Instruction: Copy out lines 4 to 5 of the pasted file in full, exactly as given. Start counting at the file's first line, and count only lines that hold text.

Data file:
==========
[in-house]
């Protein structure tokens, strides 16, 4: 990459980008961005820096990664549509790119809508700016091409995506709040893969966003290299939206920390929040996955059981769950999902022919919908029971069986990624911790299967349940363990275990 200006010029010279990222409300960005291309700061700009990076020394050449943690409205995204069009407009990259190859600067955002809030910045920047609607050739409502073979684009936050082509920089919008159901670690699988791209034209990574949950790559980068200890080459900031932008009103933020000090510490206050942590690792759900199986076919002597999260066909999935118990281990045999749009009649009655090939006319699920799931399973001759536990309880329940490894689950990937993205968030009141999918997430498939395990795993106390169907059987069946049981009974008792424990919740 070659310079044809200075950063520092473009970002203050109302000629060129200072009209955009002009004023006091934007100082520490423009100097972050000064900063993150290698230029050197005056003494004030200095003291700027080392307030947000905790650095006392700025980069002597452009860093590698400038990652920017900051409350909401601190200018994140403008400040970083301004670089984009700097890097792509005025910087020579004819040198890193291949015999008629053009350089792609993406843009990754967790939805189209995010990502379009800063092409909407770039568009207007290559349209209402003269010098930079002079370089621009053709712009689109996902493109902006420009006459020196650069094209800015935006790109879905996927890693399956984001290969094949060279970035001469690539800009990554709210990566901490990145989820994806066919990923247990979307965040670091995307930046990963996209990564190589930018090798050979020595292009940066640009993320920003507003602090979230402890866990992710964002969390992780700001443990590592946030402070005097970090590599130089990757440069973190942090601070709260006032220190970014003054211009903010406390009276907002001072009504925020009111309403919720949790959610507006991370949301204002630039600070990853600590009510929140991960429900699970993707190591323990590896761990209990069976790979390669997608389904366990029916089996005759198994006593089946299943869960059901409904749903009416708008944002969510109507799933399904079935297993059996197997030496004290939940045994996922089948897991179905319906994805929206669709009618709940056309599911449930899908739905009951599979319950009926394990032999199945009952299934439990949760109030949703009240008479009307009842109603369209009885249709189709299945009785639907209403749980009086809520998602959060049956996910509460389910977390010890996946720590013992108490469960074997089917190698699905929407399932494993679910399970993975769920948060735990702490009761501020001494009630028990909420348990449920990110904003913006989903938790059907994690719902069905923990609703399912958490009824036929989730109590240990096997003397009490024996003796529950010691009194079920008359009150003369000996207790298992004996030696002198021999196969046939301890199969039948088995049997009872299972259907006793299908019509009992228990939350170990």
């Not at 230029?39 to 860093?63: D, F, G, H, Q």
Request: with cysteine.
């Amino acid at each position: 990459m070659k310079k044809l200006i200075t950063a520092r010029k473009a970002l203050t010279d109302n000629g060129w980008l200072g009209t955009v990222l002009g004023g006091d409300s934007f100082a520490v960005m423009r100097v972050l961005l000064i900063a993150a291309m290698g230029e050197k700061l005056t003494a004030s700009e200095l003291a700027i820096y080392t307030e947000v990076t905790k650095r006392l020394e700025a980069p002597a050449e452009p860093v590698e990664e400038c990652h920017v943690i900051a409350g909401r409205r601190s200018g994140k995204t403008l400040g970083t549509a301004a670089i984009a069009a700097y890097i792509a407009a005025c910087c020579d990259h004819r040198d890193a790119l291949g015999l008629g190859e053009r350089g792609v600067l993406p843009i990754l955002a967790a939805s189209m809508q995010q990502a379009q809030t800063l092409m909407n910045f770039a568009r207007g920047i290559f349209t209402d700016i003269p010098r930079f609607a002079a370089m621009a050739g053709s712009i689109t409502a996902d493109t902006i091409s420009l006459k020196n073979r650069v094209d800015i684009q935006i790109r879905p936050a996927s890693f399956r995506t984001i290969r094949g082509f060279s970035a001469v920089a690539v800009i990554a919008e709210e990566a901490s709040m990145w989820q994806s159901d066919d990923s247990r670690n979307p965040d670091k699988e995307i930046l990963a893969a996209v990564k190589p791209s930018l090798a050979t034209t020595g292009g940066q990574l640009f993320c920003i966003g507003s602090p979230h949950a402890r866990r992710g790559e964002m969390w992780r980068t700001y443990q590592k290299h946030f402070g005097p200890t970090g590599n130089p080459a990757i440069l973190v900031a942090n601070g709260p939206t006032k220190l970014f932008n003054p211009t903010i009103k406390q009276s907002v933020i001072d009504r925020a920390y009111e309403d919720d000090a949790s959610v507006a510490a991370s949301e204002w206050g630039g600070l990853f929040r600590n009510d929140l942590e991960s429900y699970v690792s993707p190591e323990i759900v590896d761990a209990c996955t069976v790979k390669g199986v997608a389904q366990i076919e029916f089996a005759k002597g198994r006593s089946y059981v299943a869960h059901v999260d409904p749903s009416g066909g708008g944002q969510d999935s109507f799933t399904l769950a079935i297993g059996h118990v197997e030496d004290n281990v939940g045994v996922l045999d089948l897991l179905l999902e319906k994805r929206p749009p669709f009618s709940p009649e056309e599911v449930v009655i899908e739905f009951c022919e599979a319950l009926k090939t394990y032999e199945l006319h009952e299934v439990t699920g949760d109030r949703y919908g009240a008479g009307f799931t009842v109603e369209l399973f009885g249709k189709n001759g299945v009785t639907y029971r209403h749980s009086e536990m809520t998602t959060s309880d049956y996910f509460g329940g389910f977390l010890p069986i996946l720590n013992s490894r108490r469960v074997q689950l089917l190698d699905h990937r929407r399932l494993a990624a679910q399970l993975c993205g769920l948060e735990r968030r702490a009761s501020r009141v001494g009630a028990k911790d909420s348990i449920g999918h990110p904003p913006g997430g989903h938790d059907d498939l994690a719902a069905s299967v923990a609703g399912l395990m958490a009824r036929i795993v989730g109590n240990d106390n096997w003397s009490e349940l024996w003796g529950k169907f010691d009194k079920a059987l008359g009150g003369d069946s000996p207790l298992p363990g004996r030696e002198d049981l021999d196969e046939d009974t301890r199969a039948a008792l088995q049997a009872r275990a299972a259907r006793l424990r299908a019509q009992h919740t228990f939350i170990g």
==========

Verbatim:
Request: with cysteine.
């Amino acid at each position: 990459m070659k310079k044809l200006i200075t950063a520092r010029k473009a970002l203050t010279d109302n000629g060129w980008l200072g009209t955009v990222l002009g004023g006091d409300s934007f100082a520490v960005m423009r100097v972050l961005l000064i900063a993150a291309m290698g230029e050197k700061l005056t003494a004030s700009e200095l003291a700027i820096y080392t307030e947000v990076t905790k650095r006392l020394e700025a980069p002597a050449e452009p860093v590698e990664e400038c990652h920017v943690i900051a409350g909401r409205r601190s200018g994140k995204t403008l400040g970083t549509a301004a670089i984009a069009a700097y890097i792509a407009a005025c910087c020579d990259h004819r040198d890193a790119l291949g015999l008629g190859e053009r350089g792609v600067l993406p843009i990754l955002a967790a939805s189209m809508q995010q990502a379009q809030t800063l092409m909407n910045f770039a568009r207007g920047i290559f349209t209402d700016i003269p010098r930079f609607a002079a370089m621009a050739g053709s712009i689109t409502a996902d493109t902006i091409s420009l006459k020196n073979r650069v094209d800015i684009q935006i790109r879905p936050a996927s890693f399956r995506t984001i290969r094949g082509f060279s970035a001469v920089a690539v800009i990554a919008e709210e990566a901490s709040m990145w989820q994806s159901d066919d990923s247990r670690n979307p965040d670091k699988e995307i930046l990963a893969a996209v990564k190589p791209s930018l090798a050979t034209t020595g292009g940066q990574l640009f993320c920003i966003g507003s602090p979230h949950a402890r866990r992710g790559e964002m969390w992780r980068t700001y443990q590592k290299h946030f402070g005097p200890t970090g590599n130089p080459a990757i440069l973190v900031a942090n601070g709260p939206t006032k220190l970014f932008n003054p211009t903010i009103k406390q009276s907002v933020i001072d009504r925020a920390y009111e309403d919720d000090a949790s959610v507006a510490a991370s949301e204002w206050g630039g600070l990853f929040r600590n009510d929140l942590e991960s429900y699970v690792s993707p190591e323990i759900v590896d761990a209990c996955t069976v790979k390669g199986v997608a389904q366990i076919e029916f089996a005759k002597g198994r006593s089946y059981v299943a869960h059901v999260d409904p749903s009416g066909g708008g944002q969510d999935s109507f799933t399904l769950a079935i297993g059996h118990v197997e030496d004290n281990v939940g045994v996922l045999d089948l897991l179905l999902e319906k994805r929206p749009p669709f009618s709940p009649e056309e599911v449930v009655i899908e739905f009951c022919e599979a319950l009926k090939t394990y032999e199945l006319h009952e299934v439990t699920g949760d109030r949703y919908g009240a008479g009307f799931t009842v109603e369209l399973f009885g249709k189709n001759g299945v009785t639907y029971r209403h749980s009086e536990m809520t998602t959060s309880d049956y996910f509460g329940g389910f977390l010890p069986i996946l720590n013992s490894r108490r469960v074997q689950l089917l190698d699905h990937r929407r399932l494993a990624a679910q399970l993975c993205g769920l948060e735990r968030r702490a009761s501020r009141v001494g009630a028990k911790d909420s348990i449920g999918h990110p904003p913006g997430g989903h938790d059907d498939l994690a719902a069905s299967v923990a609703g399912l395990m958490a009824r036929i795993v989730g109590n240990d106390n096997w003397s009490e349940l024996w003796g529950k169907f010691d009194k079920a059987l008359g009150g003369d069946s000996p207790l298992p363990g004996r030696e002198d049981l021999d196969e046939d009974t301890r199969a039948a008792l088995q049997a009872r275990a299972a259907r006793l424990r299908a019509q009992h919740t228990f939350i170990g």